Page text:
o Blocking 5-HT2A -> increase in dopamine -> low EPS
as this dopamine competes with D2 receptors and
decrease blockade to about 60% enough to reduce EPS
and hyperprolactinemia, this creates therapeutic
window.

Understanding 5HT1A

Post-synaptic cortical and pre-synaptic raphe


nuclei neurons INHIBITORY
o Activating 5HT1A results in glutamate inhibition in turn

dopamine is released.
o Blocking 5HT1A -> decreases dopamine

5HT1Areceptorstimulationis functionally
analogous to cortical 5HT2Areceptorblockade

antipsychotics

Figure 5-24.5HT2Abinding by atypical


antipsychotics

Figure 5-26.5HT1Abinding by atypical

Binding profiles

Other 5HT receptors

5HT1B/D presynaptic, autoreceptors, decrease 5HT


o iloperidone, ziprasidone andasenapine -> may have

antidepressant benefits
o Weak - olanzapine, quetiapine, and aripiprazole

5HT2C postsynaptic suppress DA and NE release


o Suppresses DA mesolimbic > nigrostriatal (NO EPS??!!!!)
o Vabacaserin abandoned in trials
o Lorcaserin obesity medication
o TCAs block it
o Quetiapine and Olanzepine
o Fluoxetine
o Asenapine (weak)

Other 5HT receptors

5HT3postsynaptic and release inhibitory GABA ->


blocking 5HT, Ach, NE, DA, and HT.
o CTZ -> nausea and vomiting
o Peripherally in the gut regulate bowel motility
o Clozapine (very strong)

5HT6postsynaptic may regulator Ach release


o clozapine,olanzapine, asenapine (strong)

5HT7postsynaptic autoreceptors (raphe and in the


prefrontal cortex). When blocked, serotonin is
released.
o TCAs and many atypicals

Other receptor profiles

D2 partial agonism

Partial agonists have the ability to bind receptors


so that causes release to be in between full
output and no output
In the process
Aripiprazole 1st attempt
Cariprazine (Vraylar) 2015

Side effect profile of common


atypicals

From St. Elizabeths Medication Guidelines 2013

Clozapine an atypical atypical

modest affinity
D1,D2 &D3, D5
High for D4
affinity for 5HT2A&H1
M1, H1, alpha1
Few EPS, no TD and
no hyperprolactin
Decreases suicide
Therapeutic: 300-450
Max dose: 900/day

Side effects

agranulocytosis, in 0.52% of patients


increased risk of seizures (dose dependent, need
Depakote above 450mg/day)
very sedating (M1, H1, and 1)
excessive salivation (profound muscarinic block)
Ileus (muscarinic block)
Myocarditis
Greatest degree of weight gain (unknown
mechanism)

Example Titration
Schedule

Doses can be increased with daily


dosage increments of 25 to 50
mg/day, if well tolerated, to
achieve a target dose of 300 to
450 mg/day by the end of 2
weeks.
After Week 2, subsequent dosage
increments should be made no
more than once or twice weekly,
in increments not to exceed
100 mg.
Cautious titration and a divided
dosage schedule are necessary to
minimize the risks of hypotension,
seizure, and sedation.
If skipped dose >24hr restart
Source: Teva Clozapine Package
Insert.

St. Elizabeths Medication


Guidelines, 2013

Olanzapine

oral disintegrating
tablet
acute intramuscular
injection
long-acting 4-week
intramuscular depot

Olanzapine
(Zyprexa)

Chemically related to clozapine but more potent


5HT2A and D2
Little EPS
Sedation, weight gain - M1, H1and 1
No increase in prolactin
Cardiac effects
Used:
o Schizophrenia
o Bipolar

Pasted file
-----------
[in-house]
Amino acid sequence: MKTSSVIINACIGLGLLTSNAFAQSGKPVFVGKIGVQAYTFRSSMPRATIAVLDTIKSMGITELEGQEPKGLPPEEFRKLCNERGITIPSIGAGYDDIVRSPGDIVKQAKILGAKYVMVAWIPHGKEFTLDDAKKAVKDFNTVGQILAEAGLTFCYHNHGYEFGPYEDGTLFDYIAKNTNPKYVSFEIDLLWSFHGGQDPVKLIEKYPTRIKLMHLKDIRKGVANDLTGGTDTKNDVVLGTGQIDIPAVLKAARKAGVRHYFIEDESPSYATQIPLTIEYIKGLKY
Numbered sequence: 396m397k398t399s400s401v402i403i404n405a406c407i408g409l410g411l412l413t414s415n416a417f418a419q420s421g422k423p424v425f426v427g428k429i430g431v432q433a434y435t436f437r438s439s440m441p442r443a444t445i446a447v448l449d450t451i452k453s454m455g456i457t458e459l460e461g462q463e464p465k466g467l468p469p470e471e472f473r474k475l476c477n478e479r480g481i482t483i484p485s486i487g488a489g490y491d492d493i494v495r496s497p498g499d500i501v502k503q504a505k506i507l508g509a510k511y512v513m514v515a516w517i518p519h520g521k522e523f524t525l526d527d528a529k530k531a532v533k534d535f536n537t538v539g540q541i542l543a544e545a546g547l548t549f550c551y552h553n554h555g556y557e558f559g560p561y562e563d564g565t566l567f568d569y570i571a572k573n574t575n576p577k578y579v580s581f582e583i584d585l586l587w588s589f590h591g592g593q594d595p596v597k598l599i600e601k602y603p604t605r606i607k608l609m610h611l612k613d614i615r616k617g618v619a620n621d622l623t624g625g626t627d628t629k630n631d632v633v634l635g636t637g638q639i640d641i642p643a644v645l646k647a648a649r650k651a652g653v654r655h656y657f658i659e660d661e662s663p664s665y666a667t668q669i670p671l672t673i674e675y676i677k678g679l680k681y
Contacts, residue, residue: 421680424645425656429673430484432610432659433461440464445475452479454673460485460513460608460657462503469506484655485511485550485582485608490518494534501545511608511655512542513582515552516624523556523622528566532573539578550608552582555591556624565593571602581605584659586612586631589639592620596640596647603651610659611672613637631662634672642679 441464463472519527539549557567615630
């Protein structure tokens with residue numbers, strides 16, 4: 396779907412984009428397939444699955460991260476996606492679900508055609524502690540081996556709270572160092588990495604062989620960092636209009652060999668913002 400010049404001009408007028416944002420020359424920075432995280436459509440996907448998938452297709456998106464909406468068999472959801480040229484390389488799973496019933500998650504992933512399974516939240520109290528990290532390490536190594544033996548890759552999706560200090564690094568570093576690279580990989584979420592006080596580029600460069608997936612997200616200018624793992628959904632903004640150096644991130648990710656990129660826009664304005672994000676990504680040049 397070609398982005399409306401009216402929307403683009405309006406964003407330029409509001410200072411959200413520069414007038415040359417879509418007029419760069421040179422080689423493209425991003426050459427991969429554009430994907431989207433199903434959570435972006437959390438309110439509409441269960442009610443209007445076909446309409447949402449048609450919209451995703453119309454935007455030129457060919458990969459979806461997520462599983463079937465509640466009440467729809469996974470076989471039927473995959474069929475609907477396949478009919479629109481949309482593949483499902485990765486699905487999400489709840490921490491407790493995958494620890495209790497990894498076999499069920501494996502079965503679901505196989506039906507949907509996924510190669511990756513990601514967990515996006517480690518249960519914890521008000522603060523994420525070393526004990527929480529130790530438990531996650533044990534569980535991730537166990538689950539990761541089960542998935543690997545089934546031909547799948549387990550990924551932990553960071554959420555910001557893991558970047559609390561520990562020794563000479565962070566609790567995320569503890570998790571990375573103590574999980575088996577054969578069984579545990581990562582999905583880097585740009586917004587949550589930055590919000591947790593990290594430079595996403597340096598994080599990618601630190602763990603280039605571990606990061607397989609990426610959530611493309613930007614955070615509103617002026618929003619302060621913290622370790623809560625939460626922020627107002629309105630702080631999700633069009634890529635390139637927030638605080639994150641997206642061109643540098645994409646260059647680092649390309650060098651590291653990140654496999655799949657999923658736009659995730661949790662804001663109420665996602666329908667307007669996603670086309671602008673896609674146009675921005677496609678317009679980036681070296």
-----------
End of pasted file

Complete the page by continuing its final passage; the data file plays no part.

o Resistant Depression (with fluoxetine) likely due to 5HT 2C,

5HT7and 2antagonism

Quetiapine
(Seroquel)

Atypical receptors
(weak D2) + active
metabolite,
Norquetiapine
o NE reuptake

inhibitor
o 5HT7, 5HT2C, and
2antagonism
o 5HT1Apartial

agonist

PO tab: IR and XR
No EPS or incr. PRL

Quetiapine
(Seroquel)

IR: great hypnotic not


antipsychotic
o Short half life occupies 60% of D2

receptors at 300mg but falls off


quick; at 800mg ok for 12 hours.
o Sedating at peak delivery, take at
night, best 50mg

XR: good antipsychotic not


hypnotic
o Slow peak but fast D2 occupancy

at 60% full effect for 24 hours,


best at 800mg
o Not as sedating, but hangover,
take in the am.
o Good antidepressant bipolar and
unipolar at 300mg (5HT 2C and NE)
because of metabolite

Asenapine

Similar to
Mirtazipine but no
antidepressant
properties
Sublingual -> oral
numbness, cannot
drink for 10min
Acute sx
Needs more
studies

Risperidone

Typical at high doses


Approved for children
o irritability in autism (ages

516),
o Bipolar aggression towards
others, self-injury,
tantrums, rapid-cycle (ages
1017)
o schizophrenia (ages 1317)

Depot, PO, ODT, Liquid


PRL
Metabolite: Paliperidone
(renal only), start higher
SR, Depo

Zisprasidone
(Geodon)

Needs 500 cal. Meal


otherwise lower
absorption and
inconsistent effect

Potential
antidepressant
o 5HT2C, 5HT7, 5HT1B/D,

2ant., 5HT1Apartial
agonism, and weak
NE & 5HT reuptake
blockade

Iloperidone

Newer
Orthostasis
Low EPS and
weight
Potential antidepressant

Lurasidone (Latuda)

high affinity D4, 5HT7&5HT2A


Mod. affinity 5HT1A&2
Min. affinity H1 & M1
Effective, no sedation
Min. weight issue
Mod. EPS, if qhs
Needs 500cal meal
GREAT bipolar
antidepressant (5HT7,
5HT1A, & 2)

Aripriprazole (Abilify)

High D2 &D3 partial


Lacks M1 and H1
PO, ODT, IM, Depo x2, Liq
Schizophrenia, Mania,
Schizophrenia (age 13+);
acute mania/mixed mania
(age 10+), & autism
irritability (ages 617)
Augments antidepressants
5HT2B cardioprotective,
less known, MDMA site
Activating -> akathisia

Cariprazine (Vraylar)

D3, 5HT2B, D2, &


5HT1A

Schizophrenia
Acute mania/mixed
of Bipolar I
PO (1.5mg to 6mg)

Side effect profile of common


atypicals

From St. Elizabeths Medication Guidelines 2013